You Matter

I have a confession to make. I am generally not a fan of the all-too-earnest, self-esteem-building “concept” picture book. I could explain why, but then we’d have to consult my therapist and we’d be taking precious time away from discussing this book. Which I love. Truly.

Christian Robinson’s You Matter is an affirmation. It reads as a thoughtful yet brief poem, every line crafted to remind the reader of their importance. “The stuff too small to see. / Those who swim with the tide / and those who don’t. / The first to go and the last. / You matter.” The words are straightforward and recognizable to even the youngest listeners, especially with the repeated title refrain. The text continues to comfort readers this way throughout the book, reminding you that, no matter who you are or what state you’re in (“even if you’re really gassy,” reads one of the book’s sillier pages), you have so much to offer the world. It’s a simple sentiment, no embellishment needed.

[Read the Horn Book Magazine review of You Matter here]

The thoughtful simplicity extends past the text and into Robinson’s illustrations. His use of collage (striped, spotted, and filled with colorful acrylic paint) creates a playful patchwork visual on each page. You Matter will be familiar to anyone who has seen Robinson’s work before. His smiley-faced children and curious animals are cute enough to give you the warm-and-fuzzies every time you open one of his books. Throw in some dinosaurs and an astronaut and you have a prize-worthy picture book, in my opinion.

But let me really tell you what I love about this book.

Stretched across the front and back cover of You Matter, we see children playing with a giant multi-colored parachute. Inside, the endpapers show a zoomed-out, bird’s-eye view of the same scene and the surrounding city; the buildings are collaged together with different colors and styles of paper. This visual transition from close-up to farther-away is a recurring theme in You Matter and one of its most enjoyable features. My favorite back-to-back spread begins with a closeup of a mosquito that has landed atop a mysterious long, scaly surface. The accompanying text reads “when everyone thinks you’re a pest.” A turn of the page shows the mosquito’s landing pad to be the now-bitten tale of a large, surprised dinosaur. A protruding red bump, courtesy of the now-escaping mosquito, radiates from the dino’s tail, as it looks back in anguish. Robinson isn’t afraid to leave empty space on a page and includes only what is needed, making the dinosaur’s reaction that much more noticeably funny. With another page turn we see that this distraction couldn’t have come at a worse time for our jurassic pal, as we watch dinosaurs big and small running for cover as a meteor careens toward earth. The situation as presented is surprisingly comical (though perhaps not to our soon-to-be-extinct friends).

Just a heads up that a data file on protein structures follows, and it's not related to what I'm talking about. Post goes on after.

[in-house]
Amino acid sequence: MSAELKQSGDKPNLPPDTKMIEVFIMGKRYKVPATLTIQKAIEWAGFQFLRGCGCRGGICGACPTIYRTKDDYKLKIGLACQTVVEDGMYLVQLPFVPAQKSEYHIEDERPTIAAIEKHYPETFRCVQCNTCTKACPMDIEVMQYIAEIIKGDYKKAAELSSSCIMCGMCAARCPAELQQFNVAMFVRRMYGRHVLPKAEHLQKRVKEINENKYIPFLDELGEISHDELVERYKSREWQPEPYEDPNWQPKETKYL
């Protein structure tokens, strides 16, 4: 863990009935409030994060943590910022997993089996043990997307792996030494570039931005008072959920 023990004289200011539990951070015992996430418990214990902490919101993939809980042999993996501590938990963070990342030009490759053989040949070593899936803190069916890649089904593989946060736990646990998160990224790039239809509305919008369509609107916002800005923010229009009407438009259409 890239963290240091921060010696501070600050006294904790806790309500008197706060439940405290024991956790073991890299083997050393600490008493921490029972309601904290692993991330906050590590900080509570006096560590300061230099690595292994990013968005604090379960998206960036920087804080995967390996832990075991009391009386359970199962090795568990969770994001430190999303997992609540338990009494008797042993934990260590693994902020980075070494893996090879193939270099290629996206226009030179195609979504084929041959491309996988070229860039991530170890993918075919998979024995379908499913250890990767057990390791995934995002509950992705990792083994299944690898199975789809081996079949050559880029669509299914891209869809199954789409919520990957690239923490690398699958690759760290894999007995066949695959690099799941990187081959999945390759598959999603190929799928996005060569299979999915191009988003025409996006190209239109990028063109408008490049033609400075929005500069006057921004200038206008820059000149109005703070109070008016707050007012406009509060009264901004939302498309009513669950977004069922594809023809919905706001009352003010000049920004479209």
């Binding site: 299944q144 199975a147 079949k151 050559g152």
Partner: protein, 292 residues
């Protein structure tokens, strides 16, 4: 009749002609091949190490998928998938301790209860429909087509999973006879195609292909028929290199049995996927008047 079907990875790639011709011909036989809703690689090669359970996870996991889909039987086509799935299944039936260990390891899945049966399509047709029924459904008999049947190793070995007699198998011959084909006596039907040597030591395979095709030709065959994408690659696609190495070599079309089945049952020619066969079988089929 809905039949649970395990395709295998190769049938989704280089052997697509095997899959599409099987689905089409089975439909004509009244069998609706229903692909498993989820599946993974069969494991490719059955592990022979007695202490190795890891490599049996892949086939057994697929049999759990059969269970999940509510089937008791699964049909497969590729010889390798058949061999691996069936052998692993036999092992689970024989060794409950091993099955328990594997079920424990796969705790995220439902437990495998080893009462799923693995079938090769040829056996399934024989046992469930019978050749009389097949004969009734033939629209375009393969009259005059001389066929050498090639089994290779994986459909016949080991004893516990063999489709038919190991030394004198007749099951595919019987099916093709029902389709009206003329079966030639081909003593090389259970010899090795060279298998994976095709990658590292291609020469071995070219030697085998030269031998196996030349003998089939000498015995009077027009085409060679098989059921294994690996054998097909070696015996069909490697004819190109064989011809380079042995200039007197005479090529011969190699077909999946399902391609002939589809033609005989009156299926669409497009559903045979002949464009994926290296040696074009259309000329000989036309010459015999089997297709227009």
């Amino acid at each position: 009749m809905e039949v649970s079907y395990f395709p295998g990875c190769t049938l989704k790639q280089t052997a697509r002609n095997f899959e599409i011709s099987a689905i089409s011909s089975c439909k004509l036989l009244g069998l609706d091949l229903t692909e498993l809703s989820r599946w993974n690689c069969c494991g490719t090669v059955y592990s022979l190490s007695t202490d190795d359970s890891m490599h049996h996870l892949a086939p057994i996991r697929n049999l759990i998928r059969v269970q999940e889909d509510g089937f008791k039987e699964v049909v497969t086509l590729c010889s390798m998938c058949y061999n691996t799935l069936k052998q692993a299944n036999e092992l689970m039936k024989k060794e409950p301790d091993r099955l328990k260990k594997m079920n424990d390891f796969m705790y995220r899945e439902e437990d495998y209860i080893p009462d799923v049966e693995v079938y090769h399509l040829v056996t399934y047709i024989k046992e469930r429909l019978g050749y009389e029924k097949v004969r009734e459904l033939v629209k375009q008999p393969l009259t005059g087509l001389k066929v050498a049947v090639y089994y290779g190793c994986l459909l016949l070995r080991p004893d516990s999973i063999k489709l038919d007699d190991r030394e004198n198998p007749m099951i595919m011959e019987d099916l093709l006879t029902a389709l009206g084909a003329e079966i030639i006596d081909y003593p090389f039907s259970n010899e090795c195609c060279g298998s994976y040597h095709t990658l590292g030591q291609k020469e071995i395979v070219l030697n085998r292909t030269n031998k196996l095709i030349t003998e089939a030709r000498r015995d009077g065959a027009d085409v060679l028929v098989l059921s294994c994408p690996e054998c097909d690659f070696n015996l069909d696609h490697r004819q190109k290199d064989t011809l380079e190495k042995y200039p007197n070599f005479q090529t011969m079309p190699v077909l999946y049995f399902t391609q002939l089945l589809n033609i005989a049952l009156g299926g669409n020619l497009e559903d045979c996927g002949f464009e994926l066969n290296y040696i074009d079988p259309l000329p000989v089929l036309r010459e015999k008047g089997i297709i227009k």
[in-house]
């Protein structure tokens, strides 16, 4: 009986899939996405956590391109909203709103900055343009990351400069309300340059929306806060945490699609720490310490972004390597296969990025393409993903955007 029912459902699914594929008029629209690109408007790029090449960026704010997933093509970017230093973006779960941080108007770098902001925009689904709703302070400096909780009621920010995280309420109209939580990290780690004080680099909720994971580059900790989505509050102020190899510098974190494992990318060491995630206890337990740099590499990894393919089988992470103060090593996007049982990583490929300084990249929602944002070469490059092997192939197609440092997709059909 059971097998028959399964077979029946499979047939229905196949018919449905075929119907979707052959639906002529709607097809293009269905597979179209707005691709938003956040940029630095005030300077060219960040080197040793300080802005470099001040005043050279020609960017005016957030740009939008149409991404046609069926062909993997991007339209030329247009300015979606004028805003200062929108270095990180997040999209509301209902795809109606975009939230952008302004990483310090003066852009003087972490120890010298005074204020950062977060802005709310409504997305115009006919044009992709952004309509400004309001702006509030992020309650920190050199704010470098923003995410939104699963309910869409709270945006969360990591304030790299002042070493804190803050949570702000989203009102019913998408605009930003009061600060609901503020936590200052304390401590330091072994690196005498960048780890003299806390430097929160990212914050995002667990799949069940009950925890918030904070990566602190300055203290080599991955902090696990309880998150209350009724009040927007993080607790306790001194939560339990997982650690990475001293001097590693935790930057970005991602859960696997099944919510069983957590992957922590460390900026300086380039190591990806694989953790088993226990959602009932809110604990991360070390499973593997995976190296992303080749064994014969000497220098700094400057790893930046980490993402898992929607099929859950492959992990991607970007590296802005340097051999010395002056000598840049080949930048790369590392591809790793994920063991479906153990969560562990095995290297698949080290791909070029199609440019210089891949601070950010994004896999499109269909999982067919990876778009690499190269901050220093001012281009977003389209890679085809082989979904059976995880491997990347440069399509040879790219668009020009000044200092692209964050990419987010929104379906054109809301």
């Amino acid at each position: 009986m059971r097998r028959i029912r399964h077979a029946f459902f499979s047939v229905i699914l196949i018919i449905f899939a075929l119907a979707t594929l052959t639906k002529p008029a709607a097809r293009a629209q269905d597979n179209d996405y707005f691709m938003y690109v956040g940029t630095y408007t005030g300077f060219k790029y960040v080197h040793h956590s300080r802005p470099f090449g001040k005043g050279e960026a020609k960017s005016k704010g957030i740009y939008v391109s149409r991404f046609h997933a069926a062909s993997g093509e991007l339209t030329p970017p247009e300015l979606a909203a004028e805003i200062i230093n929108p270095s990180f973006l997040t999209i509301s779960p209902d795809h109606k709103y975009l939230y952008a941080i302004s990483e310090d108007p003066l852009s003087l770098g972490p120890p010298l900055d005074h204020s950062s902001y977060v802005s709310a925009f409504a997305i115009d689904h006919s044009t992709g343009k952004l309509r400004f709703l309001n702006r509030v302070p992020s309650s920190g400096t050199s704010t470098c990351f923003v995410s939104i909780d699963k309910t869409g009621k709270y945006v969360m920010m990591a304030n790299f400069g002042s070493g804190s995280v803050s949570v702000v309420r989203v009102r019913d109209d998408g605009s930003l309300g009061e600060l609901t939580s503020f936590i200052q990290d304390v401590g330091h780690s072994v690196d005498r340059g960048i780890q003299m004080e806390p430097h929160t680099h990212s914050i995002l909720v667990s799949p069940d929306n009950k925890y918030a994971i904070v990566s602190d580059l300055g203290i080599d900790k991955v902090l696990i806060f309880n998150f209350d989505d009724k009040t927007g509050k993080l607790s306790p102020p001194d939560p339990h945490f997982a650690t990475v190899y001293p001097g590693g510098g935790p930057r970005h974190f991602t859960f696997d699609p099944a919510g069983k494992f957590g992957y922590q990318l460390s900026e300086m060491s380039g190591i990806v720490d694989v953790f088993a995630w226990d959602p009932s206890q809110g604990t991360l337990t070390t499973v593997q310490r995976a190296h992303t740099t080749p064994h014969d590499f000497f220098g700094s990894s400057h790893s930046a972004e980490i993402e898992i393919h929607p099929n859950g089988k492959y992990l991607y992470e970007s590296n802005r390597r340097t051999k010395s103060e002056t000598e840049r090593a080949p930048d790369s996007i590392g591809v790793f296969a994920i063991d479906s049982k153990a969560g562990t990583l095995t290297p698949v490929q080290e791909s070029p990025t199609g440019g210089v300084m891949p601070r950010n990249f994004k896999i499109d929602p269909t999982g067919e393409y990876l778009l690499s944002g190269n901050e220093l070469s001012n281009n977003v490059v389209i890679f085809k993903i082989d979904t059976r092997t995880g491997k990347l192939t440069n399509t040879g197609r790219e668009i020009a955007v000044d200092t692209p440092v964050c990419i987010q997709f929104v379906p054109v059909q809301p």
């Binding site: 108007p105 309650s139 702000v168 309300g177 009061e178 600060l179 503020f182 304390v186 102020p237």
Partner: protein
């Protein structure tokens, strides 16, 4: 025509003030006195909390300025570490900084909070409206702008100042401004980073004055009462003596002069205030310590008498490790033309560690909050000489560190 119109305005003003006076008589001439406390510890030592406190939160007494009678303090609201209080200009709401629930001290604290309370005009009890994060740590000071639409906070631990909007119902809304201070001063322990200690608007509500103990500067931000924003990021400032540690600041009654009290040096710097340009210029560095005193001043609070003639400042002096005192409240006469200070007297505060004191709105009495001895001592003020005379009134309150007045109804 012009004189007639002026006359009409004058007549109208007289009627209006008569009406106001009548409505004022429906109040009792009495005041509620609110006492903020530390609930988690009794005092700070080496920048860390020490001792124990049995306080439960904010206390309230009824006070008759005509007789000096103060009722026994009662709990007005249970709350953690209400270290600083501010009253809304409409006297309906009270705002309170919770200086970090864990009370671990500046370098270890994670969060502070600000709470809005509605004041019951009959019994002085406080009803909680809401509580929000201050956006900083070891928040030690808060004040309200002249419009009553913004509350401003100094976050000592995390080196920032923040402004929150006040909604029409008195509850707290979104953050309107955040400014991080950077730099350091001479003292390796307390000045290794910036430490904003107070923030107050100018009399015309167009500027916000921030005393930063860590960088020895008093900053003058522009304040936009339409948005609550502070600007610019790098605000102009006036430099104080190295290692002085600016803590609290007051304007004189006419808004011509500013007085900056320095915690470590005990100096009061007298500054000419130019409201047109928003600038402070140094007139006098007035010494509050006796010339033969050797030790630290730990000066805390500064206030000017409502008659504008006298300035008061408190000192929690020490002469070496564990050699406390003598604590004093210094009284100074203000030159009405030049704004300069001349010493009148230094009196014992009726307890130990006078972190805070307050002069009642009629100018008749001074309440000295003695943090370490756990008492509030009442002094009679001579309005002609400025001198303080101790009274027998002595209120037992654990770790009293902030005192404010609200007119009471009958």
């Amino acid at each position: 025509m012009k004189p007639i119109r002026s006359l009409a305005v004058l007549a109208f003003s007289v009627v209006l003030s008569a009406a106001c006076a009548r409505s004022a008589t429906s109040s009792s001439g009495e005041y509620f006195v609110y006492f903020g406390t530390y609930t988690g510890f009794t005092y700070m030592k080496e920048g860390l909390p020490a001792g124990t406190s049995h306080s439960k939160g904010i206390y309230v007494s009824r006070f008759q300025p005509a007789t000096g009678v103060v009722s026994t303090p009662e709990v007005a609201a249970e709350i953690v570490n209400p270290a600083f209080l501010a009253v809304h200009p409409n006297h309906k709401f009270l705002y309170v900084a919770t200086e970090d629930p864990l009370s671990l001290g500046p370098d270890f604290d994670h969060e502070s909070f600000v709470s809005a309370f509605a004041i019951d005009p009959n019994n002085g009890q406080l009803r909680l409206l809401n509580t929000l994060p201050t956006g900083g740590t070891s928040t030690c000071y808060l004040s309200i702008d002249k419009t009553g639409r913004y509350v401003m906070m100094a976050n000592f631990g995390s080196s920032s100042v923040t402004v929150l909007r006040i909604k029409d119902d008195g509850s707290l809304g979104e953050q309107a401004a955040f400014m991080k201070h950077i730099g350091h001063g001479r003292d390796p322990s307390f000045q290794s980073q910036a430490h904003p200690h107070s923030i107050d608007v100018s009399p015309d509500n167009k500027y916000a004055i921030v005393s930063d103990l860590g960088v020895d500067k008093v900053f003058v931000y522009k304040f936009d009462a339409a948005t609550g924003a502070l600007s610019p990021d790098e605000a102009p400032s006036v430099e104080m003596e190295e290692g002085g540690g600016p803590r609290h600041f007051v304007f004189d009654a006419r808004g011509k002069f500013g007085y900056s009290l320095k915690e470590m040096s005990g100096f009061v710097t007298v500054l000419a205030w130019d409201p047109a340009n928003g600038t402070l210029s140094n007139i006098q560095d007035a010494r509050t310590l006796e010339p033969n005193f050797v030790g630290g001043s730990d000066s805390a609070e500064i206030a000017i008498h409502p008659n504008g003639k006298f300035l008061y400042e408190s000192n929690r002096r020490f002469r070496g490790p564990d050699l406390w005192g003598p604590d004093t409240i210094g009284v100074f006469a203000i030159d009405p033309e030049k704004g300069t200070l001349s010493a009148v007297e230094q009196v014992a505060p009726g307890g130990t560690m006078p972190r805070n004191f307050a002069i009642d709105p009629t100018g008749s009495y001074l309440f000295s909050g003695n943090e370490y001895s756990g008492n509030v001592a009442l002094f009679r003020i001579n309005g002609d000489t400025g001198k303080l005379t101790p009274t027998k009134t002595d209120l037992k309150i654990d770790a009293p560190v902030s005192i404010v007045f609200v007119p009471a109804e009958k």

Eventually, the humorous transitions turn into more tender moments. Robinson shows us an astronaut gazing down at Earth from her spacecraft, holding a photo of a child we presume to be hers. “Sometimes home is far away,” the text reads. The following spread shows us the side of a gray apartment building. Six evenly spaced windows offer a glimpse into different worlds. Two cats perch on their respective windowsills, staring diagonally at one another, while a young girl talks on the phone below. In one window we see the boy from the astronaut’s photo; his head glumly rested in one hand, while the other flies a toy rocketship through the air. “Sometimes someone you love says good-bye.” Even without the text, we’d be able to sense the homesickness each feels for the other. It’s a longing every reader has experienced at one point or another. Still, the balance of emotions in the illustration—from the cats’ joy to the boy’s sadness—is meaningful.

With each page of You Matter, the reader is offered moments of levity and laughter, as well as moments of recognition. These thoughtful aspects alone are not what make the book so special: perhaps the greatest gift is the book’s ability to make readers feel connected to the rest of the outside world. Robinson’s illustrations give us the comforting sense that we’re all a part of something bigger—a feeling that’s been hard to capture in 2020. It’s a feeling I, for one, am grateful for.






Hill Saxton

Hill Saxton is a youth services librarian at the Cambridge Public Library in Cambridge, Massachusetts.

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Joy Strawbridge

This book is the one I now give to my newly-born friends (mostly children of long-time friends). I read it to my niece every time I see her-- she loves roaring at the bug-bit dinosaur and looking at it for a long time. Thank you, Hill, for capturing the beauty, poetry, and magic of my new favorite Robinson book in this word-perfect review.

Posted : Nov 14, 2020 06:03



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